My 119:11 Project, Pt. 4

Week four of my 119:11 Project, and it's still going very well. This week had some wrinkles, though. I memorized Psalm 4 fairly quickly, but then in reviewing the first four psalms, I found it easy to confuse parts of Psalm 3 and Psalm 4. Not only are they each eight verses long, but the flow and stanzas of the two psalms seem similar to me. But here's my Saturday attempt to type from memory Psalm 4, from the New Living Translation:
Answer me when I call to you,
O God who declares me innocent.
Rescue me from my troubles.
Have mercy on me and hear my prayer.

How long will you people ruin my reputation?
How long will you make groundless accusations?
How long will you continue your lies?

You can be sure of this:
The LORD has set apart the godly for himself.
The LORD will hear me when I call to him.

Don't sin by letting anger control you.
Think about it overnight, and remain silent.

Offer sacrifices in the right spirit,
and trust the LORD.

Many people say, "Who will show us better times?"
Let your face smile upon us, Lord.
You have given me greater joy
than those who have abundant harvests of grain and new wine.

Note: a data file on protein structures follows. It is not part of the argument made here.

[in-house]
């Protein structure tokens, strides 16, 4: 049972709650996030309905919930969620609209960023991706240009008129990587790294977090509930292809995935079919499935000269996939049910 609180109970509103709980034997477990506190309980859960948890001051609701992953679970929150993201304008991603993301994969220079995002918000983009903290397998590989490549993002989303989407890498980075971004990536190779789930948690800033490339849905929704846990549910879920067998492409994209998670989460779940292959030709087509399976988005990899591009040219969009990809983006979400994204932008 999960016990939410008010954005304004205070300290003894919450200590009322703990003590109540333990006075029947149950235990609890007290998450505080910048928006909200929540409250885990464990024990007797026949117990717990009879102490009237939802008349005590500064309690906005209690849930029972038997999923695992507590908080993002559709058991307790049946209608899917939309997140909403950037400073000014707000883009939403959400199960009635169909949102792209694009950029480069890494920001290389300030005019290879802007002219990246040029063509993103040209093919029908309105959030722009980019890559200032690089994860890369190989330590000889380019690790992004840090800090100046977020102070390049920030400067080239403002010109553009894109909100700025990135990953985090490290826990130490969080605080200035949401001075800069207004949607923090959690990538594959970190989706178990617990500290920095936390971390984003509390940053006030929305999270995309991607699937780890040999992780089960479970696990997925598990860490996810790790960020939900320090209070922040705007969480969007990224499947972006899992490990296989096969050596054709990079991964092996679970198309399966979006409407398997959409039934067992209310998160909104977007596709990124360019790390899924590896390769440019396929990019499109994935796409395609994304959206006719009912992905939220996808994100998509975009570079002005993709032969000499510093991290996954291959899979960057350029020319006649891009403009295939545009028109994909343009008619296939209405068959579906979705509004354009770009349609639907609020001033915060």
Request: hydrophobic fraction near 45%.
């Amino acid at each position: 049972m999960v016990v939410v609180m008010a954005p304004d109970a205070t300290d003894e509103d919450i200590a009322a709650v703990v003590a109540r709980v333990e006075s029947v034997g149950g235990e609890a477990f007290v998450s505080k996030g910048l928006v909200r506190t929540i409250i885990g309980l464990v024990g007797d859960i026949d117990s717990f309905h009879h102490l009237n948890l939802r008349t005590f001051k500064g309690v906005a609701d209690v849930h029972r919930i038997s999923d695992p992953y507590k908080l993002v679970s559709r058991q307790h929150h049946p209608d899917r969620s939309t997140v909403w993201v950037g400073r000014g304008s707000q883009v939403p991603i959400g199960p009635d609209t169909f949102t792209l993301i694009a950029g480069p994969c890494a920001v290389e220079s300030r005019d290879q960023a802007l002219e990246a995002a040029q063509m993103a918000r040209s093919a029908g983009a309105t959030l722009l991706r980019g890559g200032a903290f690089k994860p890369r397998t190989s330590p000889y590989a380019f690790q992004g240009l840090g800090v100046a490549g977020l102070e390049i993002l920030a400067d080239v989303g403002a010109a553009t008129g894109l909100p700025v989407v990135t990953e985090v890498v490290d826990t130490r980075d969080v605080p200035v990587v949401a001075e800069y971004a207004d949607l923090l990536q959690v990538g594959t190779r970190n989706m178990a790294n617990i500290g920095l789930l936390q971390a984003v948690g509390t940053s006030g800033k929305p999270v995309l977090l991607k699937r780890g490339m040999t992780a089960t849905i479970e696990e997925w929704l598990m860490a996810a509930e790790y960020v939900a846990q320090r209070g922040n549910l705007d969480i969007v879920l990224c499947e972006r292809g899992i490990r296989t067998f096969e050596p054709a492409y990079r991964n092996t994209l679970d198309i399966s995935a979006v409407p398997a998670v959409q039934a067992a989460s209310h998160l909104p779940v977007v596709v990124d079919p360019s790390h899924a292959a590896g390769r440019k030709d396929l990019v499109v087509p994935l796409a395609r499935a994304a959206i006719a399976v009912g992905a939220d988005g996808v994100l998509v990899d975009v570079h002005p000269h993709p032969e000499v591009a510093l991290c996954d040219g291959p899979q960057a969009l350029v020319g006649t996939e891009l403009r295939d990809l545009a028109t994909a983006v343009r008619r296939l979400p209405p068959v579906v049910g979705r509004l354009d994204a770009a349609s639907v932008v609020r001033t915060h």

In peace I will lie down and sleep,
for you alone, O Lord, will keep me safe.
Eesh. Not my best effort.

I can't believe I wrote "Rescue" in v. 1 instead of "Free." I ALWAYS recite that line correctly.

I see I also have been "King-Jamesing" verses 3 ("The Lord HAS set apart" instead of "The Lord set apart") and verse 6 ("upon us" instead of "on us"). I'll try to correct those as I continue reviewing this psalm with the others.

Even so, memorizing this psalm has been a wonderful experience. Reciting and reviewing it repeatedly has uncovered many possibilities to me. For example, I wonder if David (it IS a psalm of David) was advising others or himself in verses 4 and 5. The more I've meditated on this psalm, the more I've come to think verse 1 was addressed to God, verses 2-3 to his enemies, 4-5 to himself, and then, of course, the remainder of the psalm to God. If that's the case, then the word "Selah" (which the NLT translates "interlude") after verses 2 and 4 is probably a musical cue only, and not indicative of a change of voice or thought.

In any case, I'm excited to begin memorizing Psalm 5 tomorrow.

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